Centaur Media’s financial magazines – once lauded by the firm’s bosses and lavished upon by IFAs – have fallen on hard times with a 15% fall in revenues, forcing the publisher to report “flat” group revenues in Q1.
Overall, the company, which also owns Marketing Week and Econsultancy, revealed group revenue at £24.4m for the first four months of the year. The financial portfolio, which includes the likes of Money Marketing, was down 15% at £4.6m compared to the same period the previous year.
Marketing revenue, however, grew by 4% to £7.1m year-on-year, while paid content revenue was up by 37% to £1.6m and Econsultancy contract values increased by over a third (37%).
In September 2013 the firm was forced to write off £39.2m from its marketing and financial publishing divisions, despite its interim boss claiming that the group was “growing well”.
Andria Vidler, who became chief executive last year, said: “Although we are going through a period of rapid change, our audiences remain at the heart of our business. We are passionate about delivering excellent content to enable them to become better at what they do.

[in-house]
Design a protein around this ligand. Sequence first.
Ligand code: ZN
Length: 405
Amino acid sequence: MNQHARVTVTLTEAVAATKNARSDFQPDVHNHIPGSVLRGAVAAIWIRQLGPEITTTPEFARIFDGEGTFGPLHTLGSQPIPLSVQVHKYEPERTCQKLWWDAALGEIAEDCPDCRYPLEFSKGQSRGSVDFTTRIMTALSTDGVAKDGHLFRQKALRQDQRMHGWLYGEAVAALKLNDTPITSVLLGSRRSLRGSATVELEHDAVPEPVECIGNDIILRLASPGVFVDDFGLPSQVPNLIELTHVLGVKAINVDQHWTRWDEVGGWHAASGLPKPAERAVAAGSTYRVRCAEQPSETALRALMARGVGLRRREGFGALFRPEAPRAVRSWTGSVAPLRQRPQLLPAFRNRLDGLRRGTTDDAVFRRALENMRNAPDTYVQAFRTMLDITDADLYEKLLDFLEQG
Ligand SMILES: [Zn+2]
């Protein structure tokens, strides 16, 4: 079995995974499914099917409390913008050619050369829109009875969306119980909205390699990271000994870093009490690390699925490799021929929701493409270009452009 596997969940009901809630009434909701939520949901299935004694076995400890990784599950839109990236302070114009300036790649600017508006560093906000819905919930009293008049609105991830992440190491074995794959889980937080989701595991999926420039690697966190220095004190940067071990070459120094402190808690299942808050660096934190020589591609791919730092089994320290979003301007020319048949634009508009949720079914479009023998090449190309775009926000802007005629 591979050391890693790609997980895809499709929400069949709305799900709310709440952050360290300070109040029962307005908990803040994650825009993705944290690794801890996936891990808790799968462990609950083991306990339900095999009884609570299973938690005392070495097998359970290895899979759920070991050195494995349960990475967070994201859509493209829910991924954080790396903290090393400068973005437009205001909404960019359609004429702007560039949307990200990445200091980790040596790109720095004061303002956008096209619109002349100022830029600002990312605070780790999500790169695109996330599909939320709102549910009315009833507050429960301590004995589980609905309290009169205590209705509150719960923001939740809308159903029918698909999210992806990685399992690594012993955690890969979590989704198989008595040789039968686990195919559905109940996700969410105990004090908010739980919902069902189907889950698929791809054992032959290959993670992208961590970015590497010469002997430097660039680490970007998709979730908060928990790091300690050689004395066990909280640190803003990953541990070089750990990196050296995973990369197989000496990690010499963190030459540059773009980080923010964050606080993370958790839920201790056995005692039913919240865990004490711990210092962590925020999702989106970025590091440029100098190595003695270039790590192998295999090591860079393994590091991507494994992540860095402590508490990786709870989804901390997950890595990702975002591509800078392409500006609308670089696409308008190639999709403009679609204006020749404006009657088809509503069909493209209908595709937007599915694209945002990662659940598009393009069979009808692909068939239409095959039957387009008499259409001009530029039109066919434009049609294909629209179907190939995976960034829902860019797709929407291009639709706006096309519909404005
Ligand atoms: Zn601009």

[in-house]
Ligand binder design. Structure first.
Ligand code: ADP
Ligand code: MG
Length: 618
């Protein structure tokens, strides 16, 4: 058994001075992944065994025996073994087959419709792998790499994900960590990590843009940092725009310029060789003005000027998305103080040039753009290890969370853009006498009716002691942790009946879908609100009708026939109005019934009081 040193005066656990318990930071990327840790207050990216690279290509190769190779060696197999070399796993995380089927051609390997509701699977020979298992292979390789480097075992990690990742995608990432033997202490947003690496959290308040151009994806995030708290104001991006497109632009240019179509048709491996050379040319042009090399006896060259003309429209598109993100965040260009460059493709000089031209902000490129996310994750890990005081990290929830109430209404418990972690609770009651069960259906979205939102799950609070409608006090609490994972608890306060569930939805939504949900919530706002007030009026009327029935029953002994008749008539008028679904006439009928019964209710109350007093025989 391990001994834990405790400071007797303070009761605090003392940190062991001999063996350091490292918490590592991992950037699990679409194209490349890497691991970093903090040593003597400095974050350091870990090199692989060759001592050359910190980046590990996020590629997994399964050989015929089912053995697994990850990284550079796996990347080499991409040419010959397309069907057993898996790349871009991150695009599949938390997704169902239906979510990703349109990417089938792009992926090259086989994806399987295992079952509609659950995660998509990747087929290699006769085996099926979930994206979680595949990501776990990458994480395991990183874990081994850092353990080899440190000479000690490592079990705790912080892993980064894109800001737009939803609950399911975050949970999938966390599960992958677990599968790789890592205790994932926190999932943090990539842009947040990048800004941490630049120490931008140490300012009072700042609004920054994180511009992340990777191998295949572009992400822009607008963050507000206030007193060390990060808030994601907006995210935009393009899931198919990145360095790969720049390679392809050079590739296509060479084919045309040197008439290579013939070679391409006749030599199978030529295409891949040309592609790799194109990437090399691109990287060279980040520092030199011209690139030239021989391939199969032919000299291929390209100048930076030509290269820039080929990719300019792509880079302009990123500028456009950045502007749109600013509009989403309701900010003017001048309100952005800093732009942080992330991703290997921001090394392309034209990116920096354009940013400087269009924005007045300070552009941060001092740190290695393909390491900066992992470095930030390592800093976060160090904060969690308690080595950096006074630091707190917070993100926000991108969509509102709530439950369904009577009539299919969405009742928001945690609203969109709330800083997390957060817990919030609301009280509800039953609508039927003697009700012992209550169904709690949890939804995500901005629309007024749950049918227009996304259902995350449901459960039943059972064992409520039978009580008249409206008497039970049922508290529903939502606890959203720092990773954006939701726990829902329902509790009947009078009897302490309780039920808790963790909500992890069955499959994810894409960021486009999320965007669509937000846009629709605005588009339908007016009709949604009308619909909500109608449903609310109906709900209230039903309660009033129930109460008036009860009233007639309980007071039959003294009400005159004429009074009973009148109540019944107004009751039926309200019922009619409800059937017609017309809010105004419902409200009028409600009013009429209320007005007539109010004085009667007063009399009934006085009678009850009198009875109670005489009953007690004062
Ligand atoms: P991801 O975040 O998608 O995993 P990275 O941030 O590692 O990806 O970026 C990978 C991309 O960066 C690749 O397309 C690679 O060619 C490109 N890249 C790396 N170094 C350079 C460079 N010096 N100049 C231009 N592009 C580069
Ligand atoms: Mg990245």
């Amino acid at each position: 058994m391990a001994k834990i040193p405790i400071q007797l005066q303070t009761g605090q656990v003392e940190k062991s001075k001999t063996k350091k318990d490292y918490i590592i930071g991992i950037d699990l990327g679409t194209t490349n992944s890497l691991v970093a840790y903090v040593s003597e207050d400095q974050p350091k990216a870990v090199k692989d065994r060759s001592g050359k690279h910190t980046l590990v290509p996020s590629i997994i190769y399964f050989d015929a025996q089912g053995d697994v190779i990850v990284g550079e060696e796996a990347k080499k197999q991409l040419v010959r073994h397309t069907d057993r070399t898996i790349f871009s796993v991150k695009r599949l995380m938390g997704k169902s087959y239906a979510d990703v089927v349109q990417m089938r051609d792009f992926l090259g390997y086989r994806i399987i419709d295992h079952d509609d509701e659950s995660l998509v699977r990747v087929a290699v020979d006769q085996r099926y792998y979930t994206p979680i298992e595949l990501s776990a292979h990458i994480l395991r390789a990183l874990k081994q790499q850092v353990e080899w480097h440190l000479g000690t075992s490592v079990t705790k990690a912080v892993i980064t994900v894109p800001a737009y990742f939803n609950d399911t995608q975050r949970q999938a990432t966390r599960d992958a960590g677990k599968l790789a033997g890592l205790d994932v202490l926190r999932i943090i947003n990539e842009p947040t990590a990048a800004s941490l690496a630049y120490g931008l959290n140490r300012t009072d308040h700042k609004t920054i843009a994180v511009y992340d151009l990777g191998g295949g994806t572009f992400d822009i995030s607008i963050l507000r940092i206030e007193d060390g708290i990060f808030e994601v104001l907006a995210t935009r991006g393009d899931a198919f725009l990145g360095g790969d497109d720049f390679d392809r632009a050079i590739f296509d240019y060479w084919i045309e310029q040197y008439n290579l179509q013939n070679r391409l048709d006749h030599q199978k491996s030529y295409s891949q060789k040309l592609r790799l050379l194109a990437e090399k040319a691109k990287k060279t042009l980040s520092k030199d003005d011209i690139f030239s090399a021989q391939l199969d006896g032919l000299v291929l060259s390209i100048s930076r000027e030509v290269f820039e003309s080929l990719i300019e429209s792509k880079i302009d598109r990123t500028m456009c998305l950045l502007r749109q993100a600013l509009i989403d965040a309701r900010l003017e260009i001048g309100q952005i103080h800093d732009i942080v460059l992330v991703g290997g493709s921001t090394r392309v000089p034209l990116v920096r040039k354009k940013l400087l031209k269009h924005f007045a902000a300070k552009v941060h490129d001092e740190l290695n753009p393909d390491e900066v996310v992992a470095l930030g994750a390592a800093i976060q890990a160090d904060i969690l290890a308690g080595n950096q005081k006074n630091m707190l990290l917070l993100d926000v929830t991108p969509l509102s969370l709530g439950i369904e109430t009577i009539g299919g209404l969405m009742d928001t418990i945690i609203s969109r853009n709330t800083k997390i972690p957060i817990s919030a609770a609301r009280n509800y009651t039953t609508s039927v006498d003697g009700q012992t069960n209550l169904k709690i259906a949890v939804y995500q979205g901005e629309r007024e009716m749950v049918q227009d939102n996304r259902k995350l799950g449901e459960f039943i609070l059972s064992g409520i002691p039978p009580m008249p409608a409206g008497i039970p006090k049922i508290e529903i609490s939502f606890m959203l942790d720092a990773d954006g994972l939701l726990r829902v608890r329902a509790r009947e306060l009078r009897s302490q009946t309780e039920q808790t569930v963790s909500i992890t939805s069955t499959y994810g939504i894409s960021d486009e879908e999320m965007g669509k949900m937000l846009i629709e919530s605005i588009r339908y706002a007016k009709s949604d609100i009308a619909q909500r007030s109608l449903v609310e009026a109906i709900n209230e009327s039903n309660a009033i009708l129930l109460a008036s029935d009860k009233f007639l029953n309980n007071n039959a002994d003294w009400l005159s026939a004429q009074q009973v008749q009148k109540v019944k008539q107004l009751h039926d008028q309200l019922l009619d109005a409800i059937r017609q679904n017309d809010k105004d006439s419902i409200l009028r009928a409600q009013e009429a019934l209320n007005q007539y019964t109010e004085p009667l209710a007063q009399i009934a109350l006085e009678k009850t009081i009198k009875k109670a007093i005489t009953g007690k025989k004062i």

“We know that the whole is greater than the sum of its parts and by bringing together our range of complementary products under market portfolio management, we can deliver the clearest insight, a better audience experience and robust operational efficiency.
“As the pace of growth in our core digital, paid-for content revenues continues to accelerate, we have identified a number of opportunities to use the technical functionality that underpins these revenues more widely across the Group.
Centaur has also announced it is to hive off another division, Perfect Information for £26m to Mergermarket, explaining that the single format title no longer fitted the company’s market.
Meanwhile, it has also conditionally agreed to settle the earn-out entitled of the former shareholders of Econsultancy for £12.5m in cash. The deal had originally been valued at up to £50m.
In May 2012 Centaur revealed that the overseas operations of Econsultancy had “incurred losses” as a result of deferral of corporate training contracts into the following financial year. This, along with disastrous sales figures for the group, ultimately triggered the exit of chief executive Geoff Wilmot and managing director of business publishing Tim Potter.
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